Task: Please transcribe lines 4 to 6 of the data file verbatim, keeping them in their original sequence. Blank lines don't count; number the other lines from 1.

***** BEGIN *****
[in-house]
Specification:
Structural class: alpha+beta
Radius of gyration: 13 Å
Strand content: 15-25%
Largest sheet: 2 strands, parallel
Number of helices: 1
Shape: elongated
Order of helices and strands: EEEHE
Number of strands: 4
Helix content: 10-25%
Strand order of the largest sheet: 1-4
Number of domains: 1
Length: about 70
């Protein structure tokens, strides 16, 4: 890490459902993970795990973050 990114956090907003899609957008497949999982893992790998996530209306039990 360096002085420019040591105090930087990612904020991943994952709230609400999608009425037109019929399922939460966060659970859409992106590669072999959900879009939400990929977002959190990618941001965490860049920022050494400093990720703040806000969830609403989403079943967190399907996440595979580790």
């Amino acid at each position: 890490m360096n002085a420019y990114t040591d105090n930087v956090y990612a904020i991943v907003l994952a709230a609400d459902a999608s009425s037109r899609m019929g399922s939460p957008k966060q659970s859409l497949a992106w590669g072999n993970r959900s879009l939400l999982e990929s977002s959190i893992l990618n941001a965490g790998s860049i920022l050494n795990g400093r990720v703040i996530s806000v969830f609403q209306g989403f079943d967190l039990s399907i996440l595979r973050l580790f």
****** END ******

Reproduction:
Radius of gyration: 13 Å
Strand content: 15-25%
Largest sheet: 2 strands, parallel